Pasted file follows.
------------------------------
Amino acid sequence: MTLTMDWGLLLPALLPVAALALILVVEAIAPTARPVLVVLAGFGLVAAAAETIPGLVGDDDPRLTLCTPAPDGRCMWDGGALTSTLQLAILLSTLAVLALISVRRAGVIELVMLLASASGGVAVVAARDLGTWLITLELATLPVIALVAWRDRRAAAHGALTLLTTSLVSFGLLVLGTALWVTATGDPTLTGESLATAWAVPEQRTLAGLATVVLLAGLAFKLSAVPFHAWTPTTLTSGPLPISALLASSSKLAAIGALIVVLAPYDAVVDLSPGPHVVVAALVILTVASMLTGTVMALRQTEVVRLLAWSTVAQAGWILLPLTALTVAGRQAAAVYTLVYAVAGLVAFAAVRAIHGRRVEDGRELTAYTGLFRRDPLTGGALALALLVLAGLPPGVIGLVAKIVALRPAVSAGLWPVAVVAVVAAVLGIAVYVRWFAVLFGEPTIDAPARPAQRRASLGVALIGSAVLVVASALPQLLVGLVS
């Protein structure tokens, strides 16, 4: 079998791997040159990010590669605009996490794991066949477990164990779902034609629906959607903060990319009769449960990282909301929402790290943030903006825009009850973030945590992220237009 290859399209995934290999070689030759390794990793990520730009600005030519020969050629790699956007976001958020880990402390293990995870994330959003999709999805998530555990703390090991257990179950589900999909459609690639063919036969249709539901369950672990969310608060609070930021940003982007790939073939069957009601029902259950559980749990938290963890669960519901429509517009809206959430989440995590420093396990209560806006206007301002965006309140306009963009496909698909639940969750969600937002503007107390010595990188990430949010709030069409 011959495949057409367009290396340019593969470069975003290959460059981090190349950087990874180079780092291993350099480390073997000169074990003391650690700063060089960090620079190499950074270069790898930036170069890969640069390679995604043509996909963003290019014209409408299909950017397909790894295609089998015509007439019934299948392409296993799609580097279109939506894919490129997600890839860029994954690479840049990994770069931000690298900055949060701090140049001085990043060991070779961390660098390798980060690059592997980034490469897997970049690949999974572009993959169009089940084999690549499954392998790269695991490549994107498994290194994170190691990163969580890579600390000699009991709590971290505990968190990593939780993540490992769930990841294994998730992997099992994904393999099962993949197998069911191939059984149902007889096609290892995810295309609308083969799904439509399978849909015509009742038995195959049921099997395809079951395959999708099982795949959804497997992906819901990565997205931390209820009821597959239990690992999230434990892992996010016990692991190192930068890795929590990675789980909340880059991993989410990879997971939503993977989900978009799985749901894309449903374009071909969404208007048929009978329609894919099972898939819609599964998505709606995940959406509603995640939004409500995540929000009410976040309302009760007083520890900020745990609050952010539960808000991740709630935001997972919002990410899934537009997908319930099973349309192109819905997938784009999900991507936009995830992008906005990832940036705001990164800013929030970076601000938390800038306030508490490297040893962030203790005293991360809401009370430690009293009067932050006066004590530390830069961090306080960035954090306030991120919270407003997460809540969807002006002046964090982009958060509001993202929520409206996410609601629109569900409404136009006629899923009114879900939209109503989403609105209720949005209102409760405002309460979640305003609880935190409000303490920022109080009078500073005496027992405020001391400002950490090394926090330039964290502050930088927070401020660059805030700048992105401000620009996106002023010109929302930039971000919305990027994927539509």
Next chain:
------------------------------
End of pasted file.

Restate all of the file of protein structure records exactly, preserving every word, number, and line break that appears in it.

Amino acid sequence: MTLTMDWGLLLPALLPVAALALILVVEAIAPTARPVLVVLAGFGLVAAAAETIPGLVGDDDPRLTLCTPAPDGRCMWDGGALTSTLQLAILLSTLAVLALISVRRAGVIELVMLLASASGGVAVVAARDLGTWLITLELATLPVIALVAWRDRRAAAHGALTLLTTSLVSFGLLVLGTALWVTATGDPTLTGESLATAWAVPEQRTLAGLATVVLLAGLAFKLSAVPFHAWTPTTLTSGPLPISALLASSSKLAAIGALIVVLAPYDAVVDLSPGPHVVVAALVILTVASMLTGTVMALRQTEVVRLLAWSTVAQAGWILLPLTALTVAGRQAAAVYTLVYAVAGLVAFAAVRAIHGRRVEDGRELTAYTGLFRRDPLTGGALALALLVLAGLPPGVIGLVAKIVALRPAVSAGLWPVAVVAVVAAVLGIAVYVRWFAVLFGEPTIDAPARPAQRRASLGVALIGSAVLVVASALPQLLVGLVS
């Protein structure tokens, strides 16, 4: 079998791997040159990010590669605009996490794991066949477990164990779902034609629906959607903060990319009769449960990282909301929402790290943030903006825009009850973030945590992220237009 290859399209995934290999070689030759390794990793990520730009600005030519020969050629790699956007976001958020880990402390293990995870994330959003999709999805998530555990703390090991257990179950589900999909459609690639063919036969249709539901369950672990969310608060609070930021940003982007790939073939069957009601029902259950559980749990938290963890669960519901429509517009809206959430989440995590420093396990209560806006206007301002965006309140306009963009496909698909639940969750969600937002503007107390010595990188990430949010709030069409 011959495949057409367009290396340019593969470069975003290959460059981090190349950087990874180079780092291993350099480390073997000169074990003391650690700063060089960090620079190499950074270069790898930036170069890969640069390679995604043509996909963003290019014209409408299909950017397909790894295609089998015509007439019934299948392409296993799609580097279109939506894919490129997600890839860029994954690479840049990994770069931000690298900055949060701090140049001085990043060991070779961390660098390798980060690059592997980034490469897997970049690949999974572009993959169009089940084999690549499954392998790269695991490549994107498994290194994170190691990163969580890579600390000699009991709590971290505990968190990593939780993540490992769930990841294994998730992997099992994904393999099962993949197998069911191939059984149902007889096609290892995810295309609308083969799904439509399978849909015509009742038995195959049921099997395809079951395959999708099982795949959804497997992906819901990565997205931390209820009821597959239990690992999230434990892992996010016990692991190192930068890795929590990675789980909340880059991993989410990879997971939503993977989900978009799985749901894309449903374009071909969404208007048929009978329609894919099972898939819609599964998505709606995940959406509603995640939004409500995540929000009410976040309302009760007083520890900020745990609050952010539960808000991740709630935001997972919002990410899934537009997908319930099973349309192109819905997938784009999900991507936009995830992008906005990832940036705001990164800013929030970076601000938390800038306030508490490297040893962030203790005293991360809401009370430690009293009067932050006066004590530390830069961090306080960035954090306030991120919270407003997460809540969807002006002046964090982009958060509001993202929520409206996410609601629109569900409404136009006629899923009114879900939209109503989403609105209720949005209102409760405002309460979640305003609880935190409000303490920022109080009078500073005496027992405020001391400002950490090394926090330039964290502050930088927070401020660059805030700048992105401000620009996106002023010109929302930039971000919305990027994927539509």
Next chain: